Found this video on Geert Desager's blog. It humorously demonstrates what Seth Godin preaches about in "Permission Marketing: Turning Strangers Into Friends And Friends Into Customers". Great Book. Great Video.
As social media moves into the focal point of most marketing strategies, many companies tend to jump right in without really understanding the essence of it all. The power of social media is in the dialogues, the reciprocity, and in the relations nurtured; it's not just entering, submitting a bulk of content and watching from the side lines.
I agree with Sean Moffitt, social media is an art form, you must participate in it to really know it. For social media efforts to show its gain, companies need to really start participating more. Invest in learning and interacting, rather than in simply the analytics and figures. Remember, social media is not a one way street.
I attended the Mashbash Tel- Aviv networking event yesterday. It was a great event celebrating Israel's growing tech community, and with over 800 attendees, it just goes to show how the social media scene is really on fire.
The vibe in the Galina Beach Club was thrilling, entrepreneurs networking, social media advocates socializing, startup and high-tech professionals, CEO's and Venture Capitalists all with the purpose to meet, mingle and enjoy the hot Israeli tech scene.
It was also a great opportunity to meet Mashable's Adam Hirsch and many others. I enjoyed being apart of it, can't wait for the next one...
Did you ever pass notes to friends during class? When I read about Rohit’s experience about getting tweeted on while speaking at a conference, I thought of just that situation. The hand written notes we passed in class as kids, has been upgraded to instant tweets we convey about ourselves and others online.
This may sound like a funny correlation, yet may actually be quite plausible too. When a conference speaker can read and respond to what’s being said about his/her presentation as it
is happening live, it’s like a sneak preview to all the notes circulating in the room! A helpful tool for presenters and maybe even for future teachers alike, with Twitter regard you can virtually be placed in the audience and relate with your crowd.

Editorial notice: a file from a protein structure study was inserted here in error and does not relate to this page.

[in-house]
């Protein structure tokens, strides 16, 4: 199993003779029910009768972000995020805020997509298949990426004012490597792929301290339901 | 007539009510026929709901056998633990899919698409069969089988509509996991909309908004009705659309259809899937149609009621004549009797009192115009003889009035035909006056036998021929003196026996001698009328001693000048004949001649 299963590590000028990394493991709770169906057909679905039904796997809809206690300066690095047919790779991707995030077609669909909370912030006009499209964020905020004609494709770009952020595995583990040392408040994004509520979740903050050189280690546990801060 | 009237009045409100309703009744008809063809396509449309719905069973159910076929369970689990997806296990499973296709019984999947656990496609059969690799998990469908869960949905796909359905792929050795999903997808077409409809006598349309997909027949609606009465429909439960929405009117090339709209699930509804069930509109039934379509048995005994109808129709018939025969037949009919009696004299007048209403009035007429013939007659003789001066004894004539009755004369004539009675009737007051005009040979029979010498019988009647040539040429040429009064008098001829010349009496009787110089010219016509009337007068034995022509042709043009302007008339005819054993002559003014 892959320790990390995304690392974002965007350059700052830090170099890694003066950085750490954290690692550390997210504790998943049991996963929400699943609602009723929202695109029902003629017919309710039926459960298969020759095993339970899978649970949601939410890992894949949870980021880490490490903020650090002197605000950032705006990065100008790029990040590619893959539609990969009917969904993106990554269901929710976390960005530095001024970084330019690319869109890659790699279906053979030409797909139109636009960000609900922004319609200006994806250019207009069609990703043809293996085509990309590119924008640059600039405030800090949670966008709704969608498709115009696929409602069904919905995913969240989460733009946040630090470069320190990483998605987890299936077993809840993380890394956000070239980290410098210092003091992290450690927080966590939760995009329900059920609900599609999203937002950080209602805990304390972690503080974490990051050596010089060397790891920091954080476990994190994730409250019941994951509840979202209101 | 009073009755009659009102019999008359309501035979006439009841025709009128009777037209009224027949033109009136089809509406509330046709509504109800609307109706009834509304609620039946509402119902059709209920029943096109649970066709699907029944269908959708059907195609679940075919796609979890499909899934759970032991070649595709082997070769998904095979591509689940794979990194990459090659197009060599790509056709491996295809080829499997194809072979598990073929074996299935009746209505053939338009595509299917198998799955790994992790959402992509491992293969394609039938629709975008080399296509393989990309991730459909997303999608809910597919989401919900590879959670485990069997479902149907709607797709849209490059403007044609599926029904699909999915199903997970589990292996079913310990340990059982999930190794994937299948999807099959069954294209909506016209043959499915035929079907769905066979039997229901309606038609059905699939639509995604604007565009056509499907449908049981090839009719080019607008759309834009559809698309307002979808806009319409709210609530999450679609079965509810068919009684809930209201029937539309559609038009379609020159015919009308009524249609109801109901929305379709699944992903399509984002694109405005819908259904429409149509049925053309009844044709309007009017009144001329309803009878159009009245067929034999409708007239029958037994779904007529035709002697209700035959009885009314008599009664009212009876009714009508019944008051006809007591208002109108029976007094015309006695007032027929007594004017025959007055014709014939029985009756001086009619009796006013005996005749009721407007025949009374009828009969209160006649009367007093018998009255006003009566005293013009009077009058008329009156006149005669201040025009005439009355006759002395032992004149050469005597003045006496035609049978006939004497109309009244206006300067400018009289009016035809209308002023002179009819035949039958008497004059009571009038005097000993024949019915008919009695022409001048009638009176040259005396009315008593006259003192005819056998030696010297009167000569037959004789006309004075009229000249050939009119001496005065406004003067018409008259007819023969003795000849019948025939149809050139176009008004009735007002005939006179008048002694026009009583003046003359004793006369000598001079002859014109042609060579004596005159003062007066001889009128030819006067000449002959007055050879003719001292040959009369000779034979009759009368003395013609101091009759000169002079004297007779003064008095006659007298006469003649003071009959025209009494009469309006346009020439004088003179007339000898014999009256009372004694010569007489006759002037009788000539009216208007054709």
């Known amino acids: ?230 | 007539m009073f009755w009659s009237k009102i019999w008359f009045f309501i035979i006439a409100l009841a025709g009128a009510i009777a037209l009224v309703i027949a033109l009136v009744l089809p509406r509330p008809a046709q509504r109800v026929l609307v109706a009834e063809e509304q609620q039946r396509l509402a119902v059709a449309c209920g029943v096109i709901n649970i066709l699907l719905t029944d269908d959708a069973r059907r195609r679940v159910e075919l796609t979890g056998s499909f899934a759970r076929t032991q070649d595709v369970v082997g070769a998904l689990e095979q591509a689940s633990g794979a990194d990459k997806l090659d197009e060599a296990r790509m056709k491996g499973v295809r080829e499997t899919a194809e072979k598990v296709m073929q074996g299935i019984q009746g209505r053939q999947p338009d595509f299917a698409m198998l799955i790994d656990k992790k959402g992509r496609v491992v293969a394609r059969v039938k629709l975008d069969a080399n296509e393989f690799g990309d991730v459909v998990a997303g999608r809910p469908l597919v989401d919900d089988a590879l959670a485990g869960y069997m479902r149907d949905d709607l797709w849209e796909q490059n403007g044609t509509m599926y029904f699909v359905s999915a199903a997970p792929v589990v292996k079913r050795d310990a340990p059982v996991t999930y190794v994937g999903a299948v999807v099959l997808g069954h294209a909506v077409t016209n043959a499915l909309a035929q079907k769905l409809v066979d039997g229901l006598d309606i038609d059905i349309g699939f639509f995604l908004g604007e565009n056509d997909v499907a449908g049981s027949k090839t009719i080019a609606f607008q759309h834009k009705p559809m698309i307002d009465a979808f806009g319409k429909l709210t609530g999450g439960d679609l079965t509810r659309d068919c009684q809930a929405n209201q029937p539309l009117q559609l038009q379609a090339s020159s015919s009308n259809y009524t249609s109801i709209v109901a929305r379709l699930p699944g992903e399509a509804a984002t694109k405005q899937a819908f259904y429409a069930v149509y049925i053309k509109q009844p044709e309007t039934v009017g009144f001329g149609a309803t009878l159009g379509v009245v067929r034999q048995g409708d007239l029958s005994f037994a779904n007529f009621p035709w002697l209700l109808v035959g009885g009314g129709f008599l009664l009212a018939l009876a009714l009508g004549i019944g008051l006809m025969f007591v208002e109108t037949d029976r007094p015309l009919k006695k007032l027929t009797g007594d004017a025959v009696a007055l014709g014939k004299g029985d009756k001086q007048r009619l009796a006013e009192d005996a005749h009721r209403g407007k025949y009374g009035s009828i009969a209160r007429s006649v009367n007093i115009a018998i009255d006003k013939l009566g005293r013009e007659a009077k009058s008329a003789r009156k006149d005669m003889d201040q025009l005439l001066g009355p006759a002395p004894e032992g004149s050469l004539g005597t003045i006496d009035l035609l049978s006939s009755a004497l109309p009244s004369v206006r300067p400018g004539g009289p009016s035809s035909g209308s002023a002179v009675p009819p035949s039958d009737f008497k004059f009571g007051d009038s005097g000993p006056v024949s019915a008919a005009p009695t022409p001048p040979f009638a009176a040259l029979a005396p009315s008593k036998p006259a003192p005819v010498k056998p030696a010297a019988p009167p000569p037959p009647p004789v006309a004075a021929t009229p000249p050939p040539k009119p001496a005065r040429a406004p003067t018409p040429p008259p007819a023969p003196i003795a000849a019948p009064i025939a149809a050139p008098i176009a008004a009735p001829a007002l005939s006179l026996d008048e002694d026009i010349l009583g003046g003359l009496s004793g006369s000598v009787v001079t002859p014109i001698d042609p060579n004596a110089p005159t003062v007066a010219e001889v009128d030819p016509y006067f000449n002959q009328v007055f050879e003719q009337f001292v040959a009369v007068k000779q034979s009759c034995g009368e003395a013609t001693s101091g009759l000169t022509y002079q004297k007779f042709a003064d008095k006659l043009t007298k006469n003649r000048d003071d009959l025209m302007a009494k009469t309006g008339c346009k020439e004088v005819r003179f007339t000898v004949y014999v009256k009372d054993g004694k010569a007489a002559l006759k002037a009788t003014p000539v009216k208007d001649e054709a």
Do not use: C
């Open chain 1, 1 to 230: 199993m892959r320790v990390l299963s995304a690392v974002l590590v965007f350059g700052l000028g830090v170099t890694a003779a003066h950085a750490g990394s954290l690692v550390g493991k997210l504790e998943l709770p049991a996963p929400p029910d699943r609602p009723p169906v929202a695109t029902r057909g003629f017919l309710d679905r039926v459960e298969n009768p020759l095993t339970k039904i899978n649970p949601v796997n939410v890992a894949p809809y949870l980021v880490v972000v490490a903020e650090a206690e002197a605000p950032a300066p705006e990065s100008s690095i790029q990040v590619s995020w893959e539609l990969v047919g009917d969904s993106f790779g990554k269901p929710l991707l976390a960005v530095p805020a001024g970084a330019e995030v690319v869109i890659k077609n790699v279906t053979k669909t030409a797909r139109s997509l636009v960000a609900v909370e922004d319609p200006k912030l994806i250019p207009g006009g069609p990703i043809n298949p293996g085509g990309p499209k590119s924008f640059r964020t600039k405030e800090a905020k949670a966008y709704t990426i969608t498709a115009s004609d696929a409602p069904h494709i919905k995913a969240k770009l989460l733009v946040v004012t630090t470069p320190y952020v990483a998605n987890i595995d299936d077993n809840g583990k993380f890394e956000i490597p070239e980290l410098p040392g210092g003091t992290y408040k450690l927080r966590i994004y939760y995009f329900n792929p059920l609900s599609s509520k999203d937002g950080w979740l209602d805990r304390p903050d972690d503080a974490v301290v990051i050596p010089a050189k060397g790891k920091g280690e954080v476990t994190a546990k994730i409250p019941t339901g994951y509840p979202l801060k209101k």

TechCrunch recently launched a new site for entrepreneurs to pitch their startups to the general public. Short and to the point, startups get a chance to present their businesses to the online community through a 60 second video pitch.
I really enjoyed viewing some pitches, and checking out the highest rated startups. I also liked the clean and simple layout of the site showing you one pitch at a time to vote on. The Elevator Pitches site is a great channel for startups to gain momentum, expose themselves, and even gain customer feedback on their ideas, products or business.
However, I wouldn’t rely solely on a company’s rated score to close an investment deal, if you know what I mean. The community of voters seem like a tough crowd to me, sometimes belittling quite potentially worthy startups. In my opinion, revealing the age group or an authority rank of the commenter can be useful additions to better evaluate the comments contributed by so many diverse users out there.
I hope TechCrunch will keep upgrading and developing the site to make it even easier and beneficial for entrepreneurs to pitch their ideas on this opportunity-triggering site. Looking forward to watching!
Are you familiar with the paraphrase when you ask a question you will most likely receive an answer?
Well, funny because yesterday I asked the question whether social networking sites have the ability to protect
themselves from competitor means of access? And today I find a reference